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> Chapter 20 - Networking > Dynamic Routing Overview > Choosing a routing protocol

Choosing a routing protocol

One of that hardest decisions in routing can be choosing which routing protocol to use on your network. It can be easy to decide when static routing will not meet your needs, but how can you tell which dynamic routing protocol is best for your network and situation?

Here is a brief look at the routing protocols including their strongest and weakest points. The steps to choosing your routing protocol are:

  1. Answer questions about your network
  2. Evaluate your chosen protocol
  3. Implement your dynamic routing protocol

Answer questions about your network

Before you can decide what is best for your situation, you need to examine what the details of your situation are such as what you have for budget, equipment, and users.

The following questions will help you form a clear idea of your routing needs:

How many computers or devices are on your network?

It matters if you only have a few computers, or if you have many and if they are all at one location or not as well. All routing protocols can be run on any sized network, however it can be inefficient to run some on very small networks. However, routers and network hardware that support dynamic routing can be more expensive than more generic routers for static routing.

What applications typically run over the network?

Finding out what application your users are running will help you determine their needs and the needs of the network regarding bandwidth, quality of service, and other such issues.

What level of service do the users expect from the network?

Different network users have different expectations of the network. Its not critical for someone surfing the Internet to have 100% uptime, but it is required for a stock exchange network or a hospital.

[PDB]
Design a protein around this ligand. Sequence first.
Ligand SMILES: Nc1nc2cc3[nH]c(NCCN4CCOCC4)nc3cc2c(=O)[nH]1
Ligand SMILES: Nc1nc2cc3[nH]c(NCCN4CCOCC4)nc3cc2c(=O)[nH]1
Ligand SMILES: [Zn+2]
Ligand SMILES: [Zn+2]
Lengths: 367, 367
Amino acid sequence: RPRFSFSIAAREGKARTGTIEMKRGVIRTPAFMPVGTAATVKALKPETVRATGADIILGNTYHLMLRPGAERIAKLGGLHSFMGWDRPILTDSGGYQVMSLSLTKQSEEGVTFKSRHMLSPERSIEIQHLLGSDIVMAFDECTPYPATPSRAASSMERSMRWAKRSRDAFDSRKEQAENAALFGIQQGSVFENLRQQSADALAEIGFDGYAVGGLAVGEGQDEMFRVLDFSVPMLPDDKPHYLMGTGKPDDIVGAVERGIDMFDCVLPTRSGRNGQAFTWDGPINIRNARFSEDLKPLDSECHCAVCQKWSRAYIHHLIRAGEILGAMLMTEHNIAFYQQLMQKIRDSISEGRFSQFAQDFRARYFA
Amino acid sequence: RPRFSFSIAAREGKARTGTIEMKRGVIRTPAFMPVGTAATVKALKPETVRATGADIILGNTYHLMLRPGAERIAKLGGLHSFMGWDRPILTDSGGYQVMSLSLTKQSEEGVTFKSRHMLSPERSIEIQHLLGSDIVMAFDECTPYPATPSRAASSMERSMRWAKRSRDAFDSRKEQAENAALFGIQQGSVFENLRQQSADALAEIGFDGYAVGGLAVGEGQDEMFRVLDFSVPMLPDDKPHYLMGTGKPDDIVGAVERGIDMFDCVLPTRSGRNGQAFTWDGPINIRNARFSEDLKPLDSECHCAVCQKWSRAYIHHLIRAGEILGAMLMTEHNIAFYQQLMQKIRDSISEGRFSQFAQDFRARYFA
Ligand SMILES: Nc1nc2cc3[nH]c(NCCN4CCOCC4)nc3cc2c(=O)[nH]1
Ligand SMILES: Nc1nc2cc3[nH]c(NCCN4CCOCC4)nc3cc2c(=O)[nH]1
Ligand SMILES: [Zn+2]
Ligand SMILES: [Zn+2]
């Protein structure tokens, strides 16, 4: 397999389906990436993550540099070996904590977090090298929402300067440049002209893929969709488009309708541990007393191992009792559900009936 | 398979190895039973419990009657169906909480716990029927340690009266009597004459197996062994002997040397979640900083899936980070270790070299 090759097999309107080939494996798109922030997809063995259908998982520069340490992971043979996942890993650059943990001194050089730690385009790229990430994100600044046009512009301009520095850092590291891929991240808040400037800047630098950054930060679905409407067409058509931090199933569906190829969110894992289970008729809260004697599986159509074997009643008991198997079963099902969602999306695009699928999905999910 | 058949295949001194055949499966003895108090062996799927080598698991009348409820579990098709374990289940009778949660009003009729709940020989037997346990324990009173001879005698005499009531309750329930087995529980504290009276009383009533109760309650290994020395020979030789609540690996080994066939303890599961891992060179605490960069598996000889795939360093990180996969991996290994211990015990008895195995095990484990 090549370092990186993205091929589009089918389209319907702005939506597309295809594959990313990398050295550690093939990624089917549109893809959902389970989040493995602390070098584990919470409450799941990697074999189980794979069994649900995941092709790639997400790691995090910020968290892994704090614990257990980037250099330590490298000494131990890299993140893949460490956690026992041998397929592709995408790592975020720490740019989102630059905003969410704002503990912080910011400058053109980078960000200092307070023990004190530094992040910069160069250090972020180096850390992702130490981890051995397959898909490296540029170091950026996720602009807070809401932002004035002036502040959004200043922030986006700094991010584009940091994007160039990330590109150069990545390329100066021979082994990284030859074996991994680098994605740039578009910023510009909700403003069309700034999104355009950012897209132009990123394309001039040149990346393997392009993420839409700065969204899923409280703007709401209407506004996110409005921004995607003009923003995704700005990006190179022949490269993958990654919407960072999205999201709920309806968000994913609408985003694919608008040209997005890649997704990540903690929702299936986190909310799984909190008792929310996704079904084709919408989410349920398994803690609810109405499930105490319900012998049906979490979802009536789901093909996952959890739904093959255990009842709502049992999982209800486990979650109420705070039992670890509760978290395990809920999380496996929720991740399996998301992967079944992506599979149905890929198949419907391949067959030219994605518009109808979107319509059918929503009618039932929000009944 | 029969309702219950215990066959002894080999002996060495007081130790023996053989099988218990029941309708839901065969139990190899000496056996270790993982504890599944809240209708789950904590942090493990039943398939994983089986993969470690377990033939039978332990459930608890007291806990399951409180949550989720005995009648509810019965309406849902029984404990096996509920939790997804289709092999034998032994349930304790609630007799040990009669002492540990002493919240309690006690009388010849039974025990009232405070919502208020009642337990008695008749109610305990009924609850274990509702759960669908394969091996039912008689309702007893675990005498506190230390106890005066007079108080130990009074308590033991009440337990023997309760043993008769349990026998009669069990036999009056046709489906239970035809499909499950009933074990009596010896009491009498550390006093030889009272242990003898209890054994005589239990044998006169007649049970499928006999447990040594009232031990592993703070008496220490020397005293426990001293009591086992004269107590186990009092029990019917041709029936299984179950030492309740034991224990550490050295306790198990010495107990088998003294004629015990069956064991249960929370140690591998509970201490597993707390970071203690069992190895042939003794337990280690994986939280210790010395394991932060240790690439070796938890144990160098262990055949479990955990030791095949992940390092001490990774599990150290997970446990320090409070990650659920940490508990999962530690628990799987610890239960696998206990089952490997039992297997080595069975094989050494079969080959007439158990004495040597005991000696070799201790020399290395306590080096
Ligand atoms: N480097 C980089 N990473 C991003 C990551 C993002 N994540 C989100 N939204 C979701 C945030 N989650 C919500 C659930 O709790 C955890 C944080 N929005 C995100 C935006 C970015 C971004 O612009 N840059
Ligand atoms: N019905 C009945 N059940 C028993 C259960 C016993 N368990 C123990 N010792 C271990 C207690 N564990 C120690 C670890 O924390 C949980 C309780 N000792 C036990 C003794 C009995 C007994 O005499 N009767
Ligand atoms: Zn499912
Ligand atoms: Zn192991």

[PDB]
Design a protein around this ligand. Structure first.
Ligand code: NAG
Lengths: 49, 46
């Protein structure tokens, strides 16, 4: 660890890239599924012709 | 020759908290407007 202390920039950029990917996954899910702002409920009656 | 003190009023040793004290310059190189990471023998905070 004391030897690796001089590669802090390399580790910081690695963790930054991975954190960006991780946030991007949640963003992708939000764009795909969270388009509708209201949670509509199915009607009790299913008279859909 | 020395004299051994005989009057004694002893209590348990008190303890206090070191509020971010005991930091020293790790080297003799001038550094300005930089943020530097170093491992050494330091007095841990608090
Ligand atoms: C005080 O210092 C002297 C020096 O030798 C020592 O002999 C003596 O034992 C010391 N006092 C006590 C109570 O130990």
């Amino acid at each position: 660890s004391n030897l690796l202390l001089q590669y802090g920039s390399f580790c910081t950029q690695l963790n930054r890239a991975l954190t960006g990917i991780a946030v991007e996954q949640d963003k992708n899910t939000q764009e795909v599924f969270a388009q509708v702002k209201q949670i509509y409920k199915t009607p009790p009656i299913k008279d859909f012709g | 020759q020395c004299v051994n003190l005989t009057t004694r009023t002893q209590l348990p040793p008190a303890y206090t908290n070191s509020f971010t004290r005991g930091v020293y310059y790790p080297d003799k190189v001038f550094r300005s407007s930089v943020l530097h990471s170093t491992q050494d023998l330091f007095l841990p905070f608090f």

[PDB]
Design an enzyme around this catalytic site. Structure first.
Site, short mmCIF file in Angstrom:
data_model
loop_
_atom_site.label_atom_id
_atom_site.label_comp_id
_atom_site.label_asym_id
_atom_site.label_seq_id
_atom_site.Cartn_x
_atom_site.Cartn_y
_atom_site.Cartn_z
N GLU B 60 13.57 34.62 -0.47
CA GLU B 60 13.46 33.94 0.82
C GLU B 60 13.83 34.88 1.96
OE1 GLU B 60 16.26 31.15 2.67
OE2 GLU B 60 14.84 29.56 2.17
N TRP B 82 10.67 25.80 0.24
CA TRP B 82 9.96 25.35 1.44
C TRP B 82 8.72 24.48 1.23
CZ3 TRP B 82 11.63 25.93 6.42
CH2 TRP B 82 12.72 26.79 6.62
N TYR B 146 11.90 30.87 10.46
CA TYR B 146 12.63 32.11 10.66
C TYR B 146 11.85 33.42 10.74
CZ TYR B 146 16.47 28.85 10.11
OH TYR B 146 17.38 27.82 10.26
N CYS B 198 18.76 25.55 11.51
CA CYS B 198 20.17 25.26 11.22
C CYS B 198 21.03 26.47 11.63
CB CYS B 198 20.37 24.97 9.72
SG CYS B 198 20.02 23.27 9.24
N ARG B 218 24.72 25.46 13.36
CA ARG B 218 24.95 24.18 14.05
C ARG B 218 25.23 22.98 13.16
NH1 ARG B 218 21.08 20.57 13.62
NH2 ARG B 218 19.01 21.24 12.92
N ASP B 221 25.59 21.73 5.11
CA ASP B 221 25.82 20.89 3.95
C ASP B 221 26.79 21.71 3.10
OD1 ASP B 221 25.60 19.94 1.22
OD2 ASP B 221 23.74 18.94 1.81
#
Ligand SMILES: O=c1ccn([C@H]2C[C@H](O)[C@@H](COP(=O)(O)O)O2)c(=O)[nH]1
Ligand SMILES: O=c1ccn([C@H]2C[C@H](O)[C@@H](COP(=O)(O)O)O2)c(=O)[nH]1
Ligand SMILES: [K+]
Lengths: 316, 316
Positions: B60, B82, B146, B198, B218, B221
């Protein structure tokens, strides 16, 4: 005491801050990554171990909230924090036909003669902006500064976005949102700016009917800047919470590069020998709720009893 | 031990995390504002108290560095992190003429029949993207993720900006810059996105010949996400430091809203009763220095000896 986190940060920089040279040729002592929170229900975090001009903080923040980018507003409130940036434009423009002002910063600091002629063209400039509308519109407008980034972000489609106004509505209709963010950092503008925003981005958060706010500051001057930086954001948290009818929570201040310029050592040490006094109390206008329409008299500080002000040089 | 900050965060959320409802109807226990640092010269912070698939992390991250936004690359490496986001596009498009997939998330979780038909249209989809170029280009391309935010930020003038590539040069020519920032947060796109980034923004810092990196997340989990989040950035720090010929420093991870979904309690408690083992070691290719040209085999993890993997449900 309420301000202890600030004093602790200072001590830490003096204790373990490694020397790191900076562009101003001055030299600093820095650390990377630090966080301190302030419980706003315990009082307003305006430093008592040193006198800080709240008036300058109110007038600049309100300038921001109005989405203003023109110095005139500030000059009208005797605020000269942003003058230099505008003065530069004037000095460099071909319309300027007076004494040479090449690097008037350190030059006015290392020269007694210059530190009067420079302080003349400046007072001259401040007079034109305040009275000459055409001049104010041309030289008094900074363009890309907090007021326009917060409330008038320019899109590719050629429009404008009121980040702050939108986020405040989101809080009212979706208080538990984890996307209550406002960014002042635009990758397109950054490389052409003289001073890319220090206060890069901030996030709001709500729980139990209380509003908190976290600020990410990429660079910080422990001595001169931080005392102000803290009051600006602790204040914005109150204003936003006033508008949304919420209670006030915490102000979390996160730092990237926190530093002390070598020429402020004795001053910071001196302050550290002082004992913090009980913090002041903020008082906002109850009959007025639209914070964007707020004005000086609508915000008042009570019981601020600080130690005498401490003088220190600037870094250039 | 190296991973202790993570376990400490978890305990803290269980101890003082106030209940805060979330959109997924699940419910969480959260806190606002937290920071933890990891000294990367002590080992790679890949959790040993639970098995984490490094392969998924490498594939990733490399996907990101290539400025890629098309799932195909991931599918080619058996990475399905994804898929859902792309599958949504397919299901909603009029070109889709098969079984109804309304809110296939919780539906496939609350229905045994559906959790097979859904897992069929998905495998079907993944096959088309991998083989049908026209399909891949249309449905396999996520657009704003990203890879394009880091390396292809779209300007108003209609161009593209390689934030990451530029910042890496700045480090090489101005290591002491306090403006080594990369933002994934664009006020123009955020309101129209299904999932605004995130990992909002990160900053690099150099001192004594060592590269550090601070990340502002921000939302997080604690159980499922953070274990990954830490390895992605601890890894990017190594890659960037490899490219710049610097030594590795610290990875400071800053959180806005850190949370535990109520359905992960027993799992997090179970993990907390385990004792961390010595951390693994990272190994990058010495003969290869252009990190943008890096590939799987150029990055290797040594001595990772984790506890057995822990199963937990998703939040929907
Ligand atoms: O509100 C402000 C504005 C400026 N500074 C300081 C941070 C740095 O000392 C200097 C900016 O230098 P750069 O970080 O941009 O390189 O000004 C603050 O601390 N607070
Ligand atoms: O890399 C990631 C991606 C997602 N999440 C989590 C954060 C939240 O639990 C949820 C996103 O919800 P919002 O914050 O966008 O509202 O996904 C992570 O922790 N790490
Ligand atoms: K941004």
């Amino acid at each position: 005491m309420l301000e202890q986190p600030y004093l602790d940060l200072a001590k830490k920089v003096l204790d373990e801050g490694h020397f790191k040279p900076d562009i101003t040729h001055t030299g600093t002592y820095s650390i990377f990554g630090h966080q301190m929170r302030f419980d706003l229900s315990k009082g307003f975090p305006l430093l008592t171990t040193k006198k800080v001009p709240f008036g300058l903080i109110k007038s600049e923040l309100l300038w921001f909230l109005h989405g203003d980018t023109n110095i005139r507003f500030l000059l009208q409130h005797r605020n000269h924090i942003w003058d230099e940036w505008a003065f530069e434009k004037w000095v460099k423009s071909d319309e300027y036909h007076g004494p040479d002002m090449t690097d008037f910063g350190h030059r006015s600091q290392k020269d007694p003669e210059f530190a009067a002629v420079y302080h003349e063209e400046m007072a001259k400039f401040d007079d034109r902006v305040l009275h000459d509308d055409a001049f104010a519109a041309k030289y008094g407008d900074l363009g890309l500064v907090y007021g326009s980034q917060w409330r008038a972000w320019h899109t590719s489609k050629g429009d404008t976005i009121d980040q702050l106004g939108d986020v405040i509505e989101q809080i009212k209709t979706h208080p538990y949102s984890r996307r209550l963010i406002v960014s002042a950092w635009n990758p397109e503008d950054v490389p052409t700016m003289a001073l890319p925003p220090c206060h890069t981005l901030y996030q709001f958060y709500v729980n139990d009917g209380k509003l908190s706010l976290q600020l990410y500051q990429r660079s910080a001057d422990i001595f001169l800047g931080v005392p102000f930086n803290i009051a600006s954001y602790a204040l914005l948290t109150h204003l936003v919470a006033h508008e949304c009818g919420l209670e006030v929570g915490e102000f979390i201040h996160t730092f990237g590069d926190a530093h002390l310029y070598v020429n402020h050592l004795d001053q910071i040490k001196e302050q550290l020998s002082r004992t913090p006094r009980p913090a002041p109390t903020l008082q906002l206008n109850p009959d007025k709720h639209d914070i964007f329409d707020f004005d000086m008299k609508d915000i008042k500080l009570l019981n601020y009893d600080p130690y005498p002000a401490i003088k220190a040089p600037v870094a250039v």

Is there network expansion in your near future?

You may have a small network now, but if it will be growing quickly, you should plan for the expected size so you don’t have to chance technologies again down the road.

What routing protocols do your networks connect to?

This is most often how routing protocol decisions are made. You need to be able to communicate easily with your service provider and neighbors, so often people simply use what everyone else is using.

Is security a major concern?

Some routing protocols have levels of authentication and other security features built in. Others do not. If security is important to you, be aware of this.

What is your budget — both initial and maintenance?

More robust and feature laden routing protocols generally mean more resources are required to keep them working well. Also more secure configurations require still more resources. This includes both set up costs, as well as ongoing maintenance costs. Ignore these costs at the risk of having to drop the adoption of the new routing protocol mid-change.

Evaluate your chosen protocol

Once you have examined the features of the routing protocols listed above and chosen the one that best meets your needs, you can set up an evaluation or test install of that protocol.

The test install is generally set up in a sandbox configuration so it will not affect critical network traffic. The aim of the test install is to prove that it will work on a larger scale on your network. So be sure that the test install mirrors your larger network well enough for you to discover any problems. If its too simplistic, these problems may not appear.

If your chosen protocol does not meet your goals choose a different protocol and repeat the evaluation process until either a protocol meets your needs, or you change your criteria.

Implement your dynamic routing protocol

You have examined your needs, selected the best matching dynamic routing protocol, tested it, and now you are ready to implement it with confidence.

This guide will help you configure your FortiGate unit to support your chosen dynamic routing protocol. Refer to the various sections in this guide as needed during your implementation to help ensure a smooth transition. Examples for each protocol have been included to show proper configurations for different types of networks.